fbpx
Connect with us

News

Alberta’s doctors vote down tentative agreement with the province

Many felt Shandro’s letter to physicians was “insincere” and a “sign of desperation”.

mm

Published

on

The Alberta Medical Association says Alberta doctors voted down a negotiated offer by the slimmest of margins to ratify a tentative agreement between the province and AMA’s board.

“After months of negotiations with the Alberta Medical Association, the vote to ratify a tentative agreement was ultimately unsuccessful,” said Alberta Health Minister Tyler Shandro.

“While this result is disappointing, it does not erase the meaningful collaboration and mutual understanding that was gained throughout this process.”

At 10:30 pm Tuesday, AMA, representing nearly 14,000 physicians across Alberta, confirmed its members voted 53 per cent to 47 per cent against the deal, with a 59 per cent turnout of about 11,000 physicians eligible to vote.

AMA priorities in the agreement include and remain physician supply, greater physician access, and community practice sustainability.

According to the third quarterly report by the College of Physicians & Physicians, Albertan made net gains in physicians at 246 between July and September last year, which includes 142 newly licensed physicians trained in the province.

Alberta’s government also negotiated with doctors in Budget 2021 a cap on physician pay of $4.571 billion annually, with no overall spending increases in the first two years of the four-year contract and subsequent one per cent increases in each of the final two years.

Despite the 180 turnaround from 2020, adopting a more conciliatory approach by the province was not enough to convince physicians they would not unilaterally terminate this agreement, having done so last year.

The lack of binding arbitration in the tentative agreement fueled anxieties on the ‘no’ side of the vote.

Shandro sent a letter to all doctors on March 24 in an attempt to turn over a new leaf but was ultimately unsuccessful, as many felt the letter was “insincere” and a “sign of desperation”.

Despite the result, both Shandro and the AMA remain optimistic about future talks, expressing their intent to meet soon and work collaboratively.

Shandro praised the efforts of AMA, stating, “their effort has not been misspent.”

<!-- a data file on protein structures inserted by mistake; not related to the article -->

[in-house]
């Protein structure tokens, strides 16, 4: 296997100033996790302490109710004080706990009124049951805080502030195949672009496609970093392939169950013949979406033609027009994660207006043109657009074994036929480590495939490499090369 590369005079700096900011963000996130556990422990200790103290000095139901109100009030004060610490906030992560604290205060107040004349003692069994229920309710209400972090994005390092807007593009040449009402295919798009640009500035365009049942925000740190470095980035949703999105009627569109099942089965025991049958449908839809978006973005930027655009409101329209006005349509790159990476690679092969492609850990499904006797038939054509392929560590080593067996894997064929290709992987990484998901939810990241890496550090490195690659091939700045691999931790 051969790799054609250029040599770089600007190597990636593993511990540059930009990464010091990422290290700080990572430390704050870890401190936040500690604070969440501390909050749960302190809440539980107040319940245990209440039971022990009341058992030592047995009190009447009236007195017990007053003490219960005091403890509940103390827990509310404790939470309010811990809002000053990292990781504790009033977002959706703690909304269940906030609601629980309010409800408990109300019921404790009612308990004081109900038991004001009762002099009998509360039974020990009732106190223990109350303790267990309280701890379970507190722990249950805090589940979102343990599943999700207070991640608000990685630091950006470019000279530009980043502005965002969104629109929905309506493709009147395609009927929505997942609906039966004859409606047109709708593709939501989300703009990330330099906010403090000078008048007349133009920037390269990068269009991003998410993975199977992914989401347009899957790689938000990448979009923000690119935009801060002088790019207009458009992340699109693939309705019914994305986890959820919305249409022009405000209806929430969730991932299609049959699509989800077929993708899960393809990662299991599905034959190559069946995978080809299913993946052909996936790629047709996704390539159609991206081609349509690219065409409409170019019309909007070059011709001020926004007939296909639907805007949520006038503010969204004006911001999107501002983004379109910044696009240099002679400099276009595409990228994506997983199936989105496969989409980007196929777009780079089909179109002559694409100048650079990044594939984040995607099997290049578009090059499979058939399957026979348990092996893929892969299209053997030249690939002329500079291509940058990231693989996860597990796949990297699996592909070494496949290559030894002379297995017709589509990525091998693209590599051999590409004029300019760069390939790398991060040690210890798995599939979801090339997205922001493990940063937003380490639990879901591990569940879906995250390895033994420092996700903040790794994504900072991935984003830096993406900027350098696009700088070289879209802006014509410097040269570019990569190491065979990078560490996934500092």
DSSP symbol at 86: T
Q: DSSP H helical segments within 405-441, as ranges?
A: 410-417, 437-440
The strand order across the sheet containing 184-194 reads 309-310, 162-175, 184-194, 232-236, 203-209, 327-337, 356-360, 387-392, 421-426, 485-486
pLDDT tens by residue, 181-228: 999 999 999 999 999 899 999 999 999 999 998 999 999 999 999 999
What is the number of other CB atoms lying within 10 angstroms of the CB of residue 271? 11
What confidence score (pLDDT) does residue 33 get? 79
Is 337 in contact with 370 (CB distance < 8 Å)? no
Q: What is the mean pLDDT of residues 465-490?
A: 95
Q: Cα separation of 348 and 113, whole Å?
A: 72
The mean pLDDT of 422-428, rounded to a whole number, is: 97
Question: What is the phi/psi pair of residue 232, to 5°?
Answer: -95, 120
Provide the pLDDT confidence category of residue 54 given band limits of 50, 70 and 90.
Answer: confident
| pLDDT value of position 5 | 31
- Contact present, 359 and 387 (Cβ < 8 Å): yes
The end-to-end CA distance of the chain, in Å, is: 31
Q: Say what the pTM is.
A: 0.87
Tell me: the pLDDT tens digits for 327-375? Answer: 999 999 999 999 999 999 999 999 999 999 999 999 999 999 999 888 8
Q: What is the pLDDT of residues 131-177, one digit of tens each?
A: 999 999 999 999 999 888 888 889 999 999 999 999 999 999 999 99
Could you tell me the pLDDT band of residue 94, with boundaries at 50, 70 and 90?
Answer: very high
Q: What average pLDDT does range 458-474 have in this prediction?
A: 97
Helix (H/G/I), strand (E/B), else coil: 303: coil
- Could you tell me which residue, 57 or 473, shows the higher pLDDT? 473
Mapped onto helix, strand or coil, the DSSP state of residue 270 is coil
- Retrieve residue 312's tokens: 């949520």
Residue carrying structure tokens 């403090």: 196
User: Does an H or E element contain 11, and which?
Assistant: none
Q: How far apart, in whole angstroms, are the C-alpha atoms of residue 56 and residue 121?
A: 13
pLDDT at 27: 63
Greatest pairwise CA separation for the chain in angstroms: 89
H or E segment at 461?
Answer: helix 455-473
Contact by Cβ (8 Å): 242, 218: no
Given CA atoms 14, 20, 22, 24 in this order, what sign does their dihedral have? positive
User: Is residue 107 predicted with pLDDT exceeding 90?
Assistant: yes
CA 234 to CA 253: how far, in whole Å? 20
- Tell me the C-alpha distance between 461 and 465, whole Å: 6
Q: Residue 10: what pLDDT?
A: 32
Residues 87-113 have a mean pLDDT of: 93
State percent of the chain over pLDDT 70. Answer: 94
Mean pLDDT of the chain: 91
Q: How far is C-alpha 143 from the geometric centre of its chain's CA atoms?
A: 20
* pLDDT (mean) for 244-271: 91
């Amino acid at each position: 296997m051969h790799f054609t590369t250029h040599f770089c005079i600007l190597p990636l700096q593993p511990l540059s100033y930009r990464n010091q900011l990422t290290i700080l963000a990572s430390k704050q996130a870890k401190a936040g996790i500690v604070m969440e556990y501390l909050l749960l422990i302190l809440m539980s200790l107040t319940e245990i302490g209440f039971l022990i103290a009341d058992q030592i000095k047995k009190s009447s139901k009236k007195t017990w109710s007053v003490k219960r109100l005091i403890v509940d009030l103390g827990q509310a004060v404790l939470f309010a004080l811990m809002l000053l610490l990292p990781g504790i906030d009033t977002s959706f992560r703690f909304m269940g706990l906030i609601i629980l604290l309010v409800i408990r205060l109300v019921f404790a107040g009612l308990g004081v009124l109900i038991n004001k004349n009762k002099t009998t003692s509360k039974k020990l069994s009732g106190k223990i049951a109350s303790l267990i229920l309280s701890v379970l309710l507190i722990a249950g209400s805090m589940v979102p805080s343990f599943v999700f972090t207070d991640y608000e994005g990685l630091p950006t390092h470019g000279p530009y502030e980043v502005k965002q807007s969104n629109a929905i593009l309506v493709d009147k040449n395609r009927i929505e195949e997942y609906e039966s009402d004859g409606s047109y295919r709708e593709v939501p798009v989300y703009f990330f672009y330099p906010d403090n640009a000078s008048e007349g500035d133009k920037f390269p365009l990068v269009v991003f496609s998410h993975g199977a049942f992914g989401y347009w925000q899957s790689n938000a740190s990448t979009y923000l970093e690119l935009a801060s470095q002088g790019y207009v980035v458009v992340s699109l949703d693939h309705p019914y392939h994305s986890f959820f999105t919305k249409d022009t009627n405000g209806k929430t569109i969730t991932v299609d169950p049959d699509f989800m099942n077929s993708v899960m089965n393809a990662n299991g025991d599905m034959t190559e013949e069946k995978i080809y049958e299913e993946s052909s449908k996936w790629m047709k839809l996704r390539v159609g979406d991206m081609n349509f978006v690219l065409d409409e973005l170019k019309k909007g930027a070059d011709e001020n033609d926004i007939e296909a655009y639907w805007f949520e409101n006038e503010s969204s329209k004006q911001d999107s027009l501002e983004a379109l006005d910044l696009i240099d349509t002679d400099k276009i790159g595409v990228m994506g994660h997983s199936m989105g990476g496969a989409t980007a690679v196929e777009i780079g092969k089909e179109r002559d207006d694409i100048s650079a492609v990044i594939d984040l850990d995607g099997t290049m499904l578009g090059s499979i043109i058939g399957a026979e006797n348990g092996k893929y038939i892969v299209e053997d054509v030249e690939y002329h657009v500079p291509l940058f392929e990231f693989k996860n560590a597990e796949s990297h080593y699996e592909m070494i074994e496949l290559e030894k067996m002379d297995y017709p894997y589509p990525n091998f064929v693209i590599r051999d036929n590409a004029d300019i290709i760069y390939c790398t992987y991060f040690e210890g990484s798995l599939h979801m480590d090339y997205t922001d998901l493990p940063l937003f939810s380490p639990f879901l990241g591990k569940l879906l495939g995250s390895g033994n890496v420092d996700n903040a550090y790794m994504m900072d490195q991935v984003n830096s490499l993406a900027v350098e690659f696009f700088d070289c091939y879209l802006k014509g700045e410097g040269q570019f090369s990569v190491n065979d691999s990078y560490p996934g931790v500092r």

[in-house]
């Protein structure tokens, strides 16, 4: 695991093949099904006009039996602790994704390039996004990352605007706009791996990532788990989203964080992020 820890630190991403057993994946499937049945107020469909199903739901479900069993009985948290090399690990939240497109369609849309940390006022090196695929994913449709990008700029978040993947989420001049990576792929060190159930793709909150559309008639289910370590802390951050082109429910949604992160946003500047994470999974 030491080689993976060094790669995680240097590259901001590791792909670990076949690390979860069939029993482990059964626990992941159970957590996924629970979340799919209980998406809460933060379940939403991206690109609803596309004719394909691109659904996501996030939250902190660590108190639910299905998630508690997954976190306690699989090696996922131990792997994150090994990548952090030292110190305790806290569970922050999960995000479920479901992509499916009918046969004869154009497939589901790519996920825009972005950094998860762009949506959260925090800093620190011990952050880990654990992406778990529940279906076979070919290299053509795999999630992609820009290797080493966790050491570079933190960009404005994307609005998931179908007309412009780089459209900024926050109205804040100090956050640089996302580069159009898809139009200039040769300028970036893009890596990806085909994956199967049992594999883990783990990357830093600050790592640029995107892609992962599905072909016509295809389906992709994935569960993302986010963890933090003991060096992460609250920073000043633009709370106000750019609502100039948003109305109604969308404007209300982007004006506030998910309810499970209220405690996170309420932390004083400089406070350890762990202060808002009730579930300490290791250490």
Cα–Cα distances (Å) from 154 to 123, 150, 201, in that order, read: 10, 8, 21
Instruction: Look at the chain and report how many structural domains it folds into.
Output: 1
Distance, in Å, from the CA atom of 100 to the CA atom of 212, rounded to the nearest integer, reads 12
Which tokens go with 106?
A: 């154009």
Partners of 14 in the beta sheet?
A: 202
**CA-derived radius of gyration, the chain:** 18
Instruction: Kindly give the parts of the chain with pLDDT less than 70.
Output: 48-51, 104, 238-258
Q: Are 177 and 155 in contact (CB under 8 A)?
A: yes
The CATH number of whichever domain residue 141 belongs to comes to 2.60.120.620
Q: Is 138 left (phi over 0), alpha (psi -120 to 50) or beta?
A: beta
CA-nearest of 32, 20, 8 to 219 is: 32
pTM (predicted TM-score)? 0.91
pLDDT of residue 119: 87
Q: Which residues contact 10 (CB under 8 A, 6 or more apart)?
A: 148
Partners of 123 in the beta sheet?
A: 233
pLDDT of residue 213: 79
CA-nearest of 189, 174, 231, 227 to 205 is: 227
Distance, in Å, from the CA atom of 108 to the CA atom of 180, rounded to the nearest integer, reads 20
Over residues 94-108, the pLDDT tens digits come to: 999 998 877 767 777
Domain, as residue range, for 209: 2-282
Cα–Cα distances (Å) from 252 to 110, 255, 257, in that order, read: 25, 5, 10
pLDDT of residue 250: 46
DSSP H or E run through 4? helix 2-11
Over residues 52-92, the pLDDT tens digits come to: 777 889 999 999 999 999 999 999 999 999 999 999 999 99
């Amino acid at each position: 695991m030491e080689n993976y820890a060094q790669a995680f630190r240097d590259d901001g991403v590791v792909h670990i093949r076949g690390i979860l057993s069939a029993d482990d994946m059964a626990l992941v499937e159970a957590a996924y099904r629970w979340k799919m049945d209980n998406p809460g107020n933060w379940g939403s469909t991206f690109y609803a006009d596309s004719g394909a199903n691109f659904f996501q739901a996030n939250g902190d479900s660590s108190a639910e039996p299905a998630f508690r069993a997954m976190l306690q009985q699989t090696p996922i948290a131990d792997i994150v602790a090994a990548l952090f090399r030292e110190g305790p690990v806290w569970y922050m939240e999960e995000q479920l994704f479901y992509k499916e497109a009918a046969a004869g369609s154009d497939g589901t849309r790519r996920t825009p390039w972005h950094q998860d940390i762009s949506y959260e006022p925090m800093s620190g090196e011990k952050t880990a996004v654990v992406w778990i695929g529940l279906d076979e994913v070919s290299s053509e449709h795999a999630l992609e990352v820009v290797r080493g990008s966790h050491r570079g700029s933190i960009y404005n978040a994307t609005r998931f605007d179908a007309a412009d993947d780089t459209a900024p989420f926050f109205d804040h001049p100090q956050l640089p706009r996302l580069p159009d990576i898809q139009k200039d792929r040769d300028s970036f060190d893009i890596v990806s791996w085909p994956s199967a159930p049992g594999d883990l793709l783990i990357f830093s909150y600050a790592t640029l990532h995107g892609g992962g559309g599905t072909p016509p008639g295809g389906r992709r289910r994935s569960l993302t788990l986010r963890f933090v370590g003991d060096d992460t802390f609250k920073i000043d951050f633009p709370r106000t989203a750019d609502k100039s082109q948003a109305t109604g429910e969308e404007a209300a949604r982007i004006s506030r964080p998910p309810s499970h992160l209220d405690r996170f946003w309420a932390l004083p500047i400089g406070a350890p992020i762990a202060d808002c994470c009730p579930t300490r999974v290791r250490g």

“The momentum gained over the past few months will not be lost. Our government will seek to further renew our relationship with the AMA in the weeks and months to come as we work together to ensure Albertans continue to benefit from quality health care,” he said.

“The questions now are: What comes next? How do we deal with these issues without an agreement? said AMA President Paul Boucher, who acknowledged this “was a difficult decision for many.”

Boucher said the challenges faced by negotiating during a pandemic include Alberta’s “fragile economy”, changes arising from new health legislation and a possible third wave of COVID-19.

The doctors won significant compromises, including the government’s promise not to fund any new government initiatives from the proposed budget but with new money.

They also won back funding for AMA-administered benefits previously threatened, including maternity leave, medical liability insurance, medical education, and the physician and family support program.

Shandro also had a change of heart on complex modifiers, which allowed doctors to bill for extra time with patients who have complex needs, stating it was a policy the province should have never pursued in the first place and would not be moving forward.

Last week, the Alberta government invested $6 million for medical students to work in rural Alberta.

Dhaliwal is a Western Standard reporter based in Edmonton

News

Kenney leadership review to be held April 9 in Red Deer, in convention-style vote

The UCP board decided not to listen to demands from 22 constituency associations that wanted a review by March at the latest, said a Western Standard source close to the board.

mm

Published

on

Editor’s note. Due to a typo, the initial version of the story said the review would be April 6. Sources say the vote will take place April 9.

A pay-to-vote leadership review of United Conservative Party leader Jason Kenney will be held April 9 in Red Deer, the Western Standard has learned.

The UCP board decided not to listen to demands from 22 constituency associations that wanted a review by March at the latest, said a Western Standard source close to the board.

The source said the board felt it was “being generous” to the 22 rebel ridings by holding a review in April.

Details on how much it will cost to go to the conference are still being worked out, but it will be a system where you have to pay to vote, the source said.

Those details are expected to be announced in January.

While the board meeting was “friendly,” pro-Kenney factions later held long discussions to plan strategy, said the source.

A convention-style review appears to favour Kenney as opposed to a one-vote-per-party-member system as Kenney is famed for his political organizing power.

His office came under fire last month for allegedly using money from third-party political action committees (PACs) to send people to the UCP AGM which turned into a Kenney love-fest that left the leader smiling.

Kenney denied knowledge of the PAC money.

“I’m not involved in third party organizations, but third party political organizations are free, within the law, to be involved in politics,” said Kenney.

Prior to the AGM Airdrie-Cochrane UCP MLA Peter Guthrie sent Kenney a letter which said the party was on the verge of collapse. 

“Public opinion continues to wane, and we may be at a point where this party cannot be salvaged,” writes Guthrie, in the letter obtained by the Western Standard.

“Membership has fallen from 150,000 to less than 10,000 and fundraising is evaporating along with our credibility.”

Much of the UCP grassroots frustration has come on the heels of controversial COVID-19 lockdown restrictions. Kenney also brought in a vaccine passport scheme he vowed never to introduce.

Another scandal that infuriated UCP members was when the infamous pictures were published of Kenney holding an outdoor dinner on the balcony of the “Sky Palace” in contravention of the government’s of laws, regulations, and guidelines.

In April, a UCP MLA told the Western Standard they are “100% certain” Kenney would be the subject of an early party leadership review.

“Caucus is in total chaos,” said the MLA, who spoke with the Western Standard on the condition of anonymity.